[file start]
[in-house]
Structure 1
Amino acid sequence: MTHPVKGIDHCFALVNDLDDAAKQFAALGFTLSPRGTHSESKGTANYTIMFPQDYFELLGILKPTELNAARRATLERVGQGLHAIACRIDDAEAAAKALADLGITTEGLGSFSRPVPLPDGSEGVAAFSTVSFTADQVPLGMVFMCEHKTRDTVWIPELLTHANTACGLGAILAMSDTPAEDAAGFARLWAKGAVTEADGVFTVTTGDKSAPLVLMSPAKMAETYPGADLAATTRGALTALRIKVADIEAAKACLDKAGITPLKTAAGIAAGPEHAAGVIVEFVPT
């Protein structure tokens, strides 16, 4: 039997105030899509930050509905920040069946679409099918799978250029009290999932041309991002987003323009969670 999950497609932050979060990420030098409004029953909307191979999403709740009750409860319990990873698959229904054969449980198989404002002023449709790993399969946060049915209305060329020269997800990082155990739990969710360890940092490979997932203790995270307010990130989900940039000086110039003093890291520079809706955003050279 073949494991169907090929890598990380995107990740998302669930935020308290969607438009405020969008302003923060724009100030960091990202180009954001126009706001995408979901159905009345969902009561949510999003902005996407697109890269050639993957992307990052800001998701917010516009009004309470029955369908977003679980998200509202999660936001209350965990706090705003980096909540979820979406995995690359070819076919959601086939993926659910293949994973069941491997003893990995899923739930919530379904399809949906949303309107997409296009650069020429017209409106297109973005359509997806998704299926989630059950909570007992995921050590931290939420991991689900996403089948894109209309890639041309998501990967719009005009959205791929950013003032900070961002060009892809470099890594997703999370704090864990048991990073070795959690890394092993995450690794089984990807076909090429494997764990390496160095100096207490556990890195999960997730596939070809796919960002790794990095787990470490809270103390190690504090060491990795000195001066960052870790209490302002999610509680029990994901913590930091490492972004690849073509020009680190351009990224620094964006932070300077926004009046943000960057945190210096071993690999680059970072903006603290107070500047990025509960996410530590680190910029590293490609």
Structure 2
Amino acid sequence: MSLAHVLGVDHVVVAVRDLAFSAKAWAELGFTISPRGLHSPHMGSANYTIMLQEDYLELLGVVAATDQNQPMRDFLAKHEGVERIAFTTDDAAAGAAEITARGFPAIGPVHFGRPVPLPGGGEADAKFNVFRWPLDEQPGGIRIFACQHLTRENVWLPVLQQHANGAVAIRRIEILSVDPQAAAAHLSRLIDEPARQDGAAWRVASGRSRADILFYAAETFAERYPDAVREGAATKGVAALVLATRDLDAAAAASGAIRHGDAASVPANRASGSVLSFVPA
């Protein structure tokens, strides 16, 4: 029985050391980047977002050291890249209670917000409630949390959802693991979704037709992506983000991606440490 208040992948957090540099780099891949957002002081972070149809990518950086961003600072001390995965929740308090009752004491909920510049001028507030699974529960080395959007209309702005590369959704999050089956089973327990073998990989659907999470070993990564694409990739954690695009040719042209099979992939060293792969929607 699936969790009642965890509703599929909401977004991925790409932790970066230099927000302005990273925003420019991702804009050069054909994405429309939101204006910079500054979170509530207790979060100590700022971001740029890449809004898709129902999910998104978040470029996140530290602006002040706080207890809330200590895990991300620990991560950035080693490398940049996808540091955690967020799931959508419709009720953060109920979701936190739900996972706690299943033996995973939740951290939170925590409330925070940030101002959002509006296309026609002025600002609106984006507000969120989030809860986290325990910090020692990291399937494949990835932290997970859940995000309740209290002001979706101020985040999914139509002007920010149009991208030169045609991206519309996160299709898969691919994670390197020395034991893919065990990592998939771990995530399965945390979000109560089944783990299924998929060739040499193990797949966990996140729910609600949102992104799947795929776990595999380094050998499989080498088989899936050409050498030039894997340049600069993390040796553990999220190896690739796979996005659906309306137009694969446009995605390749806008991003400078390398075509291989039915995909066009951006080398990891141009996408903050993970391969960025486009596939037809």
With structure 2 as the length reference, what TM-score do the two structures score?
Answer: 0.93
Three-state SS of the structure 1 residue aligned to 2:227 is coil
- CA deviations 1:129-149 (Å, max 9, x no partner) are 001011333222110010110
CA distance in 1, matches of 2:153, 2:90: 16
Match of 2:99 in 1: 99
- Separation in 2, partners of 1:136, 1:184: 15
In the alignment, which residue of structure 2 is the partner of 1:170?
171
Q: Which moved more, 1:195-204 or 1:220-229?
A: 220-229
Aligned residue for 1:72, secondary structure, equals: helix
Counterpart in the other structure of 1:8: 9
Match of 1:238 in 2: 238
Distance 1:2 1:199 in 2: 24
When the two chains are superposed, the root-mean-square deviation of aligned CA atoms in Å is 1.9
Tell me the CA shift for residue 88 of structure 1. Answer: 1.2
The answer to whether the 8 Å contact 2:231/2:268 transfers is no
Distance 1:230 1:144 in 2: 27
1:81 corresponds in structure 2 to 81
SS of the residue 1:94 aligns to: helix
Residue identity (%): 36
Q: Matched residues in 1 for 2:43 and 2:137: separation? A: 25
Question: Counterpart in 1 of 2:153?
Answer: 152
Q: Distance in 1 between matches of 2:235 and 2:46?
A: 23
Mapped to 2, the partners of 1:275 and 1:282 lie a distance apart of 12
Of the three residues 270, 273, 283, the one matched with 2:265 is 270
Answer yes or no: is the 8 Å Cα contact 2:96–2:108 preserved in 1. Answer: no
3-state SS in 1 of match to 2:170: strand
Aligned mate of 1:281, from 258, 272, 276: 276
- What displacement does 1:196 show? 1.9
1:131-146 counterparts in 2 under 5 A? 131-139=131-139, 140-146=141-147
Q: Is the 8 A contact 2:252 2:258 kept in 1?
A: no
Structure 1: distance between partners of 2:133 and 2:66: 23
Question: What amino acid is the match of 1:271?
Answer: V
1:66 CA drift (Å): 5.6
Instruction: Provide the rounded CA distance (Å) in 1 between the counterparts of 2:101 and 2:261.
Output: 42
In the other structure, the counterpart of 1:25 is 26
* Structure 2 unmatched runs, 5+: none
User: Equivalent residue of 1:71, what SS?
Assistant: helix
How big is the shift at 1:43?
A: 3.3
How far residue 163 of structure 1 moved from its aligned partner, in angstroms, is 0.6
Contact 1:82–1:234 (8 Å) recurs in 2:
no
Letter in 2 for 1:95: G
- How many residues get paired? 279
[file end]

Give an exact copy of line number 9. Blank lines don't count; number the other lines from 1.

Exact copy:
Answer: 0.93